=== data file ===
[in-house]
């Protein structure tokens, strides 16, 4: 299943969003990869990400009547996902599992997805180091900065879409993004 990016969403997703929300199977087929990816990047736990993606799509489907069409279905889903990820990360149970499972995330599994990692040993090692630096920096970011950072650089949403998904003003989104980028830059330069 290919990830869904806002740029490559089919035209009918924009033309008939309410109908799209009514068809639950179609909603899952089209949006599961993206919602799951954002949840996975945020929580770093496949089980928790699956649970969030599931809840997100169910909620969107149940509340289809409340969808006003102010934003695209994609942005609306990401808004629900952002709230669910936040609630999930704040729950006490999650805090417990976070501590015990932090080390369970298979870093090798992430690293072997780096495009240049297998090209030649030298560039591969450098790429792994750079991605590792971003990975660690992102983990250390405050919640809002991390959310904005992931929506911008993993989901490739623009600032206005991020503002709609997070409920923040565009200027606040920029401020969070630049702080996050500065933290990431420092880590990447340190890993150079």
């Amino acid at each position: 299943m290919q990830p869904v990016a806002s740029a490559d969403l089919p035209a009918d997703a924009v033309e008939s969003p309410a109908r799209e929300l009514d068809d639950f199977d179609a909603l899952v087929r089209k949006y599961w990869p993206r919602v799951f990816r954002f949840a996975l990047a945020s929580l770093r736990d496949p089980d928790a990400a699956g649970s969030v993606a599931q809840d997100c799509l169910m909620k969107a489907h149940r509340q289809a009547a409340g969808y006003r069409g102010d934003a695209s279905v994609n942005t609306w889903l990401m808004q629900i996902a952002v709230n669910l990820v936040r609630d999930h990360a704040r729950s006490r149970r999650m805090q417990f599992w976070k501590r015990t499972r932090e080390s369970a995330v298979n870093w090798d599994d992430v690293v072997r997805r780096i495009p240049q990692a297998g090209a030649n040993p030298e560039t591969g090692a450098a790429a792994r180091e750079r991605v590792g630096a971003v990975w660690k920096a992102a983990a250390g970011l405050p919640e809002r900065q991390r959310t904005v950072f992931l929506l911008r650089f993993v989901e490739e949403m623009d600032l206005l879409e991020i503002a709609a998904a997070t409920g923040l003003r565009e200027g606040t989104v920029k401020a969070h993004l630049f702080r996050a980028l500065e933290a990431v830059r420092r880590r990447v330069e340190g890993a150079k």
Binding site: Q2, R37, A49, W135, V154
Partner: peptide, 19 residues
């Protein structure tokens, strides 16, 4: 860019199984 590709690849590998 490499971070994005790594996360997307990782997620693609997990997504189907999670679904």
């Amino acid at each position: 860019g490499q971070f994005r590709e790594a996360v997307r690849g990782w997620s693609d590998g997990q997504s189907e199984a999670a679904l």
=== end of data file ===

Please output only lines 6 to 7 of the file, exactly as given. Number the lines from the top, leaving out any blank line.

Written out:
């Protein structure tokens, strides 16, 4: 860019199984 590709690849590998 490499971070994005790594996360997307990782997620693609997990997504189907999670679904």
């Amino acid at each position: 860019g490499q971070f994005r590709e790594a996360v997307r690849g990782w997620s693609d590998g997990q997504s189907e199984a999670a679904l």